Seres Health of Cambridge, MA, announced two big steps Tuesday. First, it says it has raised $48 million in a Series C round from public investors, which is often a sign among biotech companies that a push toward an IPO is on the horizon.
If indeed that is the company’s intent—as CEO Roger Pomerantz (pictured) signaled when he spoke with Xconomy this summer—the move to go public would roughly coincide with a second significant step: A Phase 3 trial for its lead product, which, if successful, would likely become the first approved treatment to emerge from the recent wave of human microbiome research.
Seres is working on SER-109, a mixture of microbes to help cure infection of the potentially deadly bacterium Clostridium difficile, or C. diff, which often strikes people whose immune systems are compromised and whose antibiotic use has wiped out the “good bugs” of the gut, allowing resistant C. diff strains to flourish. The infection causes severe diarrhea that kills 14,000 people in the U.S. alone each year, according to the Centers for Disease Control and Prevention.
In a Phase 1/2 trial SER-109 cured 29 of 30 patients who suffered from recurring infection. Those results have led to a Phase 3 trial, which Seres said it plans to start in early 2015.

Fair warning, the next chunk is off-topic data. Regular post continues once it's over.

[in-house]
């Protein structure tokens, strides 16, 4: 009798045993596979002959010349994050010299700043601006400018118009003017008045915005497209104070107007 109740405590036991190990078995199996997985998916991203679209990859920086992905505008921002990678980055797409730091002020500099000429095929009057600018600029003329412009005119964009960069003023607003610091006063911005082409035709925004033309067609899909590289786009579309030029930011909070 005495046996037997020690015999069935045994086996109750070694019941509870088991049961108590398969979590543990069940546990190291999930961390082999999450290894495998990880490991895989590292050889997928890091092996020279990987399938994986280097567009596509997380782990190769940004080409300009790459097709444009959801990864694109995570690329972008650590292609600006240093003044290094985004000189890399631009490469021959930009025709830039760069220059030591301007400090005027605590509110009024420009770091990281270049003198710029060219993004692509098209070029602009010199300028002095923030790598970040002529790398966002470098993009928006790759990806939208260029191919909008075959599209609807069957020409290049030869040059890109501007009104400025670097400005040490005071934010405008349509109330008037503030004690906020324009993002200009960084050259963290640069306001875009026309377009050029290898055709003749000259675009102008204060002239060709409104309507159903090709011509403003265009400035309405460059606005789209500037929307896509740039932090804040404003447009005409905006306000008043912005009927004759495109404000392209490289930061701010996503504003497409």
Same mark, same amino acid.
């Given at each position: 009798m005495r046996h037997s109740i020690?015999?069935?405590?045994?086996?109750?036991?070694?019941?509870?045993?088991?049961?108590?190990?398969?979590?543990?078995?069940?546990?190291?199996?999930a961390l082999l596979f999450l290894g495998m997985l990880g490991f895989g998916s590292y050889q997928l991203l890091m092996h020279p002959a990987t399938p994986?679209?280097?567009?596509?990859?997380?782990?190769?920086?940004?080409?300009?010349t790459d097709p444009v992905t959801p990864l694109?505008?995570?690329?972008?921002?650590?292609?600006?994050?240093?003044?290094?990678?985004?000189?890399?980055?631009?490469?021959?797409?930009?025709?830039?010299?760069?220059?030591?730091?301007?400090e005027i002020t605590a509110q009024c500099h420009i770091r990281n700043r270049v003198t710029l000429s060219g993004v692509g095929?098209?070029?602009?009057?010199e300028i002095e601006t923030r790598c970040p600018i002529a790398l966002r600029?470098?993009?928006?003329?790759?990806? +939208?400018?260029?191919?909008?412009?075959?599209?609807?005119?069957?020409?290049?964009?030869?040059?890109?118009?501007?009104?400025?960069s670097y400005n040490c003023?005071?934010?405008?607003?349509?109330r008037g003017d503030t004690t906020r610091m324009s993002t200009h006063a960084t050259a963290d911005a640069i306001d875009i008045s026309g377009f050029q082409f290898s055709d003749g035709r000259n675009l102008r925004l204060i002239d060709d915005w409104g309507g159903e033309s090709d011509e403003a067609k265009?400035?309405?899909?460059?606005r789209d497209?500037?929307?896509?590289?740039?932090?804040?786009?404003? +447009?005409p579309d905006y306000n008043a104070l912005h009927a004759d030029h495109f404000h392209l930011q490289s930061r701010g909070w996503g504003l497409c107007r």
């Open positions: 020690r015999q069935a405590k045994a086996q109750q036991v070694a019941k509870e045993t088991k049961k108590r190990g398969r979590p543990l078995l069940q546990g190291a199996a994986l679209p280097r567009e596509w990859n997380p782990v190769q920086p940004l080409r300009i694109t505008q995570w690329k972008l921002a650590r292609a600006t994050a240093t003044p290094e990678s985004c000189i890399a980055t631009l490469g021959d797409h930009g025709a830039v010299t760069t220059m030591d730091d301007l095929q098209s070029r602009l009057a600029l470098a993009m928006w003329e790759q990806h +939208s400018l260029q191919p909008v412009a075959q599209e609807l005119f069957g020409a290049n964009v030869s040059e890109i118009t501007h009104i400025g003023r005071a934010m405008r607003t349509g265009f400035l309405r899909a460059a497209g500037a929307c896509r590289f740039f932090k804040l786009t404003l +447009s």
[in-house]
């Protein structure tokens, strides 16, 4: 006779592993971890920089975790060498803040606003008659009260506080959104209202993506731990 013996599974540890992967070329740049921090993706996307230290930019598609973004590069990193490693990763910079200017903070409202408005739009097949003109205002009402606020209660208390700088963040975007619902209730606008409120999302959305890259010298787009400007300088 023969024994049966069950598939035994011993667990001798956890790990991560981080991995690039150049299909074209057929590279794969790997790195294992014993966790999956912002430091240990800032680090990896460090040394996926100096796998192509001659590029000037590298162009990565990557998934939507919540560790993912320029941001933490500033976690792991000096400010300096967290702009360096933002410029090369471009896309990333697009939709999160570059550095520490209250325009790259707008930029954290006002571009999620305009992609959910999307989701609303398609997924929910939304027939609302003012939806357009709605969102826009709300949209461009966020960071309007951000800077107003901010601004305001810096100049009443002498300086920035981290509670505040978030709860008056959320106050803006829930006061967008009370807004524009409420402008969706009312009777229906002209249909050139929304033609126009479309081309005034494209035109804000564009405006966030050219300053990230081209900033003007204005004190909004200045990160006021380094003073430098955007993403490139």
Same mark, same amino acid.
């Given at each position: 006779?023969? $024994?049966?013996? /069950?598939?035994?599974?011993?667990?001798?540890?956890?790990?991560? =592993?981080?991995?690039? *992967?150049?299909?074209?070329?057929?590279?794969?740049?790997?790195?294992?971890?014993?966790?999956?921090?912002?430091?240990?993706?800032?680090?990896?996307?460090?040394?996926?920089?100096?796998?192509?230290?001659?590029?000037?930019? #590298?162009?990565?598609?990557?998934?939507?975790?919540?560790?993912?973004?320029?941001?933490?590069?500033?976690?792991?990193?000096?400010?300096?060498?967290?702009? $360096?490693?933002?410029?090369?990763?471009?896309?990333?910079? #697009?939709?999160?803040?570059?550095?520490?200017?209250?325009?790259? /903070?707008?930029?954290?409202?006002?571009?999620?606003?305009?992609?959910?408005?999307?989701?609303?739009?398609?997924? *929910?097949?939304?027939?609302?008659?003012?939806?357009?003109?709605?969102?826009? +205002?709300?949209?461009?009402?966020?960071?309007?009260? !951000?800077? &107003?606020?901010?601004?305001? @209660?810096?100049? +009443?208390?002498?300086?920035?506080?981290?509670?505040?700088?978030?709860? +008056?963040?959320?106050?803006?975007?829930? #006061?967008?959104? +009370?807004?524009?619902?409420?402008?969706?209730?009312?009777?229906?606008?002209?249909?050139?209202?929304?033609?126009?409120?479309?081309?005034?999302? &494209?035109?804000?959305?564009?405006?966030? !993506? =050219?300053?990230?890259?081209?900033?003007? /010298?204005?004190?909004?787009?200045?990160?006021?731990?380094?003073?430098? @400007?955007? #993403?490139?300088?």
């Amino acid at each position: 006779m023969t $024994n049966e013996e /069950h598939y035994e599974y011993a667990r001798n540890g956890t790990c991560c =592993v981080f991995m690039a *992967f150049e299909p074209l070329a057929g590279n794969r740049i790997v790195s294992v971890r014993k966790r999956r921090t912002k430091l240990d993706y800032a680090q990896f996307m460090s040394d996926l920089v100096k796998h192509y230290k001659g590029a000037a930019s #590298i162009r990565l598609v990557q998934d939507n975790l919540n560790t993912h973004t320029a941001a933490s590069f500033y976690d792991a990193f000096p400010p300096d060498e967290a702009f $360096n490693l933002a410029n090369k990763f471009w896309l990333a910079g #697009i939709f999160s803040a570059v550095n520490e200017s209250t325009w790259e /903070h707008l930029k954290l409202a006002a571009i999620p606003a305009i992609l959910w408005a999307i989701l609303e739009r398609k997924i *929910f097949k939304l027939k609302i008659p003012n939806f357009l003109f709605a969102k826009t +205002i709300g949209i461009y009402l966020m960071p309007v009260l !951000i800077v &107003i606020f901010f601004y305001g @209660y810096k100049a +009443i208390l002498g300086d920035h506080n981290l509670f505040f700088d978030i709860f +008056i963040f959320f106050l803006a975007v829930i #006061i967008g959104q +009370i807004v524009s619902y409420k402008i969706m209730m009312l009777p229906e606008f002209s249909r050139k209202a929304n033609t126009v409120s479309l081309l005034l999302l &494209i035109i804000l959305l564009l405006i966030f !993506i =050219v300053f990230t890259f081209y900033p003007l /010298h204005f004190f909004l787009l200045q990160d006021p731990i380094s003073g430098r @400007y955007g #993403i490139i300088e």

SER-109 isn’t exactly a mix of microbes. It’s made instead of bacterial spores, like the seeds of a plant, which can survive inhospitable conditions both inside and outside the body. Seres has identified 50 bacteria that help re-balance the microbial mix in a C. difficile-infected gut, and the spores of those bacteria, isolated from healthy human feces, are put into a pill. When they enter the gut, they grow into bacteria.
Outside the FDA’s purview, doctors for decades have been using a treatment called fecal microbial transplantation that inspired Seres Health’s efforts. It’s pretty much what it sounds like: Feces from a healthy person is transferred to a sick one. The field received more clinical validation from a study published in early 2013 that showed fecal transplants worked much better than the standard antibiotic, vancomycin. And the FDA said last summer it would be flexible in allowing fecal transplant testing for the treatment of C. diff. (SER-109 is aimed at patients whose infections are resistant to vancomycin treatment.)
SER-109′s potential fast track to the market could provide commercial validation for other microbiome startups, and for those looking to start new ones. But success in C. diff, a relatively simple problem, won’t easily translate to more complicated diseases.
The Series C round brings Seres’s total fundraising to approximately $68 million. The firm was conceived and incubated within the VentureLabs program of Flagship Ventures, which supplied the first $10 million. Flagship then led a $10 million Series B round that included the Mayo Clinic, Enso Ventures, Alexandria Real Estate, and undisclosed private backers.
This new round is even more anonymous. Seres did not disclose any investors except to say that they are “leading public healthcare investors.” In biotech, bringing on board public or “crossover” investors for a big private round is often, though not always, a sign that an IPO is next.